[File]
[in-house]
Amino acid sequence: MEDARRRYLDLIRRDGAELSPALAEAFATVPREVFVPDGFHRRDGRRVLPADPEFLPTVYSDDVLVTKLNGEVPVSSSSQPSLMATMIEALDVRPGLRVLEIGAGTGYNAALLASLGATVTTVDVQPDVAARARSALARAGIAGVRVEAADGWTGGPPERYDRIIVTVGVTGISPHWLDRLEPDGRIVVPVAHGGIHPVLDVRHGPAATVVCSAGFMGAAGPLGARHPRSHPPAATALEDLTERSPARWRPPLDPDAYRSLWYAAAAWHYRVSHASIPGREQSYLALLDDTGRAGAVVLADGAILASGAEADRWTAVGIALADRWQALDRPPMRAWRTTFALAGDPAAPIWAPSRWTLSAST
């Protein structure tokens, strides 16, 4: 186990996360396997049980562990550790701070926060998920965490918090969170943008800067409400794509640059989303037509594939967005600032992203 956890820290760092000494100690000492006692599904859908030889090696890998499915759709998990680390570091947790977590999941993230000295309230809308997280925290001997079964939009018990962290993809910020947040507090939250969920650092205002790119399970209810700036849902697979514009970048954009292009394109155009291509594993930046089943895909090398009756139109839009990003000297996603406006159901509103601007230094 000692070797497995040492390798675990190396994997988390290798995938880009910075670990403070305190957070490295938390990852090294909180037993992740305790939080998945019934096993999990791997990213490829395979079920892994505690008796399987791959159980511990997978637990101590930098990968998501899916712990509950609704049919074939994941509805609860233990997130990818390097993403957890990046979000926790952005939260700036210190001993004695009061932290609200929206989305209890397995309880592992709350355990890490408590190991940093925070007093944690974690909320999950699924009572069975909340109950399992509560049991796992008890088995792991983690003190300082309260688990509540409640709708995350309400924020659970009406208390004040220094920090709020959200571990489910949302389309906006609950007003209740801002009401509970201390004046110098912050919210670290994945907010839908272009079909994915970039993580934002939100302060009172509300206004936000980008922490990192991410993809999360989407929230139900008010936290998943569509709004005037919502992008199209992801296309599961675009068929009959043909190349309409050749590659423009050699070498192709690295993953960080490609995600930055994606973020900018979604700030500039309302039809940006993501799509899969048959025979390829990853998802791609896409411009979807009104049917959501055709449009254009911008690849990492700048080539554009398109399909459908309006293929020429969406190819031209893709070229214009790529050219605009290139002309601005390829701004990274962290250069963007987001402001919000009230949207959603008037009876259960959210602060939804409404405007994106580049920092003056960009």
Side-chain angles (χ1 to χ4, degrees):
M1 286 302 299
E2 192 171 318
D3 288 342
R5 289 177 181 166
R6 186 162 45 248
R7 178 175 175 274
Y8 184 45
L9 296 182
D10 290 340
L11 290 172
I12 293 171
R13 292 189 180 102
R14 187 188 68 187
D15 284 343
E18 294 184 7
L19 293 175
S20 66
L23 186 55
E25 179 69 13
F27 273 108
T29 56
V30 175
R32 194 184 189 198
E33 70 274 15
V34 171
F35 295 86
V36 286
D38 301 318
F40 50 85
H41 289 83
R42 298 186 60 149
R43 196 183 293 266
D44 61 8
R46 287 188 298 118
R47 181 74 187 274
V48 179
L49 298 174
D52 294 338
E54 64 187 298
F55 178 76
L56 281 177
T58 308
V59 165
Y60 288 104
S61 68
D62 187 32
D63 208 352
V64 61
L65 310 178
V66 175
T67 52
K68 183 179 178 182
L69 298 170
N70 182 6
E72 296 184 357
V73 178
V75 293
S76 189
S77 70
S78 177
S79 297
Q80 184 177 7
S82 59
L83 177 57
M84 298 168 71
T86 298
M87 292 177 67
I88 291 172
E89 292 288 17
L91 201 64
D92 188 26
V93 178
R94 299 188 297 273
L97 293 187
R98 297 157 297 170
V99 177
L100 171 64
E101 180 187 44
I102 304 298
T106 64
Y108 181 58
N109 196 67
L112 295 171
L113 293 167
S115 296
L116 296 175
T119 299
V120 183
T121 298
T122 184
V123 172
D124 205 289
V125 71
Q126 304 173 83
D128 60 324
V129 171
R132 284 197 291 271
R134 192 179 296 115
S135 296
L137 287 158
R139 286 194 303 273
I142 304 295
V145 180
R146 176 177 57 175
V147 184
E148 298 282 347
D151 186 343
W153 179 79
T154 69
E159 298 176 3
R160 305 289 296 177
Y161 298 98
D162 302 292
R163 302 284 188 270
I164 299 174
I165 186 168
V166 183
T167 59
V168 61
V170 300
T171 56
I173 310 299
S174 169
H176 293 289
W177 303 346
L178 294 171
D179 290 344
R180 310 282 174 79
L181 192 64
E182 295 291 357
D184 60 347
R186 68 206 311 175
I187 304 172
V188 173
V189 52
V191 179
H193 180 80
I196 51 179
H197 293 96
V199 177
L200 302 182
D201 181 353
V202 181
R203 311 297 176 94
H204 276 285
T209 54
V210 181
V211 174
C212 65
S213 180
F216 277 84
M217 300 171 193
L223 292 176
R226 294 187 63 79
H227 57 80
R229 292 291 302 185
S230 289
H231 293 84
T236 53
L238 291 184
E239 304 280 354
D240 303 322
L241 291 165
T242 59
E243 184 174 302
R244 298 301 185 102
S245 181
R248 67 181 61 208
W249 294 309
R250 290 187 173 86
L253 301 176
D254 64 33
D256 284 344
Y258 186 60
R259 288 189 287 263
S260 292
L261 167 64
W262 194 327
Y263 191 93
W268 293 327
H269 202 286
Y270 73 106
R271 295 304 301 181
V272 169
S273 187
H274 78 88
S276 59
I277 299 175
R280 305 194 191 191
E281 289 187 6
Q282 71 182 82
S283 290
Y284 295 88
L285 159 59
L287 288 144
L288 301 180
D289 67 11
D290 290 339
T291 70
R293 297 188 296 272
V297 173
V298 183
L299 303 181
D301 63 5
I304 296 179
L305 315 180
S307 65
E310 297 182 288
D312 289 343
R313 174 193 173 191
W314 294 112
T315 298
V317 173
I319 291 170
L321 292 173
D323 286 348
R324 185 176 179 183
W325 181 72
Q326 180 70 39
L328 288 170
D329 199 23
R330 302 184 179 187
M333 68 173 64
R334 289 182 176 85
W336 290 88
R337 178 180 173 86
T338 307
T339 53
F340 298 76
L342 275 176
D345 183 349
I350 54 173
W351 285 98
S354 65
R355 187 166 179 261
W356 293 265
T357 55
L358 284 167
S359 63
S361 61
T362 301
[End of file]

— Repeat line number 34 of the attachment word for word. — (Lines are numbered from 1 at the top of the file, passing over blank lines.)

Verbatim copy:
H41 289 83